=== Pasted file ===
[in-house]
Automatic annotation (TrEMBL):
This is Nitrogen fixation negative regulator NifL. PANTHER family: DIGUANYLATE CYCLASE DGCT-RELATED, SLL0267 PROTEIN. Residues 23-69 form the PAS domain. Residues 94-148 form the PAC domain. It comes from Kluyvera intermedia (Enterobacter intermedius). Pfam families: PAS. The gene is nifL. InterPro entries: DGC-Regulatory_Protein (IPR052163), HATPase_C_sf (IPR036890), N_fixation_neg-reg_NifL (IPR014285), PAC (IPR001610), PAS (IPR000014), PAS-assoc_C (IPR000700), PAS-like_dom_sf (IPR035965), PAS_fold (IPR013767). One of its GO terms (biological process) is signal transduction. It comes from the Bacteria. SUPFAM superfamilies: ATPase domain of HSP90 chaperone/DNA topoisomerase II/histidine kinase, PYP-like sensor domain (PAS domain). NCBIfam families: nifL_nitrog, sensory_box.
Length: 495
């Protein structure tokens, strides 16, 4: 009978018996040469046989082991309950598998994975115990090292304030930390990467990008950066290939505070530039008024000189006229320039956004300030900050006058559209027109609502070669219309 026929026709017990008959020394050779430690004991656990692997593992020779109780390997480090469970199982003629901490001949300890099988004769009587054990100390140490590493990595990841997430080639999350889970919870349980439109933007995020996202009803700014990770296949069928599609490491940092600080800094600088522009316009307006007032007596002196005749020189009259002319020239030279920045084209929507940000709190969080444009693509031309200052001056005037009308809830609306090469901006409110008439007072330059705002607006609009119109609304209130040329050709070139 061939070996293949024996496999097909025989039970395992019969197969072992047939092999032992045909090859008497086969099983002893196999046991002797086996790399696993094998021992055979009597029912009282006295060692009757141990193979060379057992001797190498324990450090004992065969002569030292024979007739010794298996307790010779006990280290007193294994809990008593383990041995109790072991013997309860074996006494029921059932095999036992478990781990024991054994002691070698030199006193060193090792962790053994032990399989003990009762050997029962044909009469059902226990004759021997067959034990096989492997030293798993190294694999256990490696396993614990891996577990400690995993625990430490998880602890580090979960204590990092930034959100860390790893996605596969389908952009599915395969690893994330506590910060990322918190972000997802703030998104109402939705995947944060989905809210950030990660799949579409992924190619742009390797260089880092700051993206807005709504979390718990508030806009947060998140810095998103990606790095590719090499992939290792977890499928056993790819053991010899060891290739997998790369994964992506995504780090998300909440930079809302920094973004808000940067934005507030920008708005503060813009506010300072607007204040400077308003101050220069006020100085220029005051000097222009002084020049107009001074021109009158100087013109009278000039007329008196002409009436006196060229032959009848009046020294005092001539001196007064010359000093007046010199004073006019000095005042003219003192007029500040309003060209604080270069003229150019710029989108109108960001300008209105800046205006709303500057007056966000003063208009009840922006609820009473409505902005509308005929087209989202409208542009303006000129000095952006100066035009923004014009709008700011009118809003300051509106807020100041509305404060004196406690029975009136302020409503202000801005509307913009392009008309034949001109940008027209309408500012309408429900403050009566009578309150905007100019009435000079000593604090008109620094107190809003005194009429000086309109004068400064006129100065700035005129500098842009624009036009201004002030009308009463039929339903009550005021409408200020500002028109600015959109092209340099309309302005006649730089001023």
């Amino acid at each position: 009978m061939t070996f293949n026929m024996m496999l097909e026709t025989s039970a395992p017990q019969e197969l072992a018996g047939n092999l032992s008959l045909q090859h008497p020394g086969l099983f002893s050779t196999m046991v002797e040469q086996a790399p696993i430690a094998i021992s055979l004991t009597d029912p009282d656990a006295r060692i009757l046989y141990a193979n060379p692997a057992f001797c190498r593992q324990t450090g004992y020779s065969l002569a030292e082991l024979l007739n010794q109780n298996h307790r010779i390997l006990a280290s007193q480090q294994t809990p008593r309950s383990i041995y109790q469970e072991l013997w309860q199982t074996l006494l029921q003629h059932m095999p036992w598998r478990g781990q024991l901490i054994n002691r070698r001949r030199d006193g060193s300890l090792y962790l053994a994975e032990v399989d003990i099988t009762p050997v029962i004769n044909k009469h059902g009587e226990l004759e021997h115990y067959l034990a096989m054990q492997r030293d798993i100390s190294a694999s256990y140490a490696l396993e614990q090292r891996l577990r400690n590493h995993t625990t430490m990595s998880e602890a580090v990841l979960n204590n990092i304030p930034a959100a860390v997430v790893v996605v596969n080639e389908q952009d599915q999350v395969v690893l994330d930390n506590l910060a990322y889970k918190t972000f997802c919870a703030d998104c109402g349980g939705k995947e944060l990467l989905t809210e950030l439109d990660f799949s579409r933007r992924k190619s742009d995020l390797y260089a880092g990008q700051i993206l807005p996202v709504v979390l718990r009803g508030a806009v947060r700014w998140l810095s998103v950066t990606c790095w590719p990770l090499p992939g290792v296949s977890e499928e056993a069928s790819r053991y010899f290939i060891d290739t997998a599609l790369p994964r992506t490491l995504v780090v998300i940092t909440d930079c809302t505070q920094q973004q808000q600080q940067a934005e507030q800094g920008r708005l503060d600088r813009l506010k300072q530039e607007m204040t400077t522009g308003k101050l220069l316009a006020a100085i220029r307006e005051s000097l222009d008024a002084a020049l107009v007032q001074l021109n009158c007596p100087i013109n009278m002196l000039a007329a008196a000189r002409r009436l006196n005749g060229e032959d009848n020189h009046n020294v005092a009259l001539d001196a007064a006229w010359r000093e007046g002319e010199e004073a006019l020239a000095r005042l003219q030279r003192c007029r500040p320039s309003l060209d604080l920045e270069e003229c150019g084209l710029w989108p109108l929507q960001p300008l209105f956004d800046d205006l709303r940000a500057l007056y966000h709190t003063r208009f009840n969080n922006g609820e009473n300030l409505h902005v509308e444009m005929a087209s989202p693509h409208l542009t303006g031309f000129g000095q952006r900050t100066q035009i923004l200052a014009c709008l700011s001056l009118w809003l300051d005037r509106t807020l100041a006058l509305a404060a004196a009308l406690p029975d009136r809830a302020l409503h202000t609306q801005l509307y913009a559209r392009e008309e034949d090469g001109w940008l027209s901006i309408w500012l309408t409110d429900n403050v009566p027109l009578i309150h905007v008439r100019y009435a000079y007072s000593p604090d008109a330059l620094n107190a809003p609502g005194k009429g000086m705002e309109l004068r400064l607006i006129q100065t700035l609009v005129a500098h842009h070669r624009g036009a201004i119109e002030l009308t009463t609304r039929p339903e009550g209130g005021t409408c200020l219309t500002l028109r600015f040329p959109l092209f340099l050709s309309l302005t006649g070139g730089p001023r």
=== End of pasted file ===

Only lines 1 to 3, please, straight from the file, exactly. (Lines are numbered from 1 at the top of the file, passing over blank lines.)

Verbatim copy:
[in-house]
Automatic annotation (TrEMBL):
This is Nitrogen fixation negative regulator NifL. PANTHER family: DIGUANYLATE CYCLASE DGCT-RELATED, SLL0267 PROTEIN. Residues 23-69 form the PAS domain. Residues 94-148 form the PAC domain. It comes from Kluyvera intermedia (Enterobacter intermedius). Pfam families: PAS. The gene is nifL. InterPro entries: DGC-Regulatory_Protein (IPR052163), HATPase_C_sf (IPR036890), N_fixation_neg-reg_NifL (IPR014285), PAC (IPR001610), PAS (IPR000014), PAS-assoc_C (IPR000700), PAS-like_dom_sf (IPR035965), PAS_fold (IPR013767). One of its GO terms (biological process) is signal transduction. It comes from the Bacteria. SUPFAM superfamilies: ATPase domain of HSP90 chaperone/DNA topoisomerase II/histidine kinase, PYP-like sensor domain (PAS domain). NCBIfam families: nifL_nitrog, sensory_box.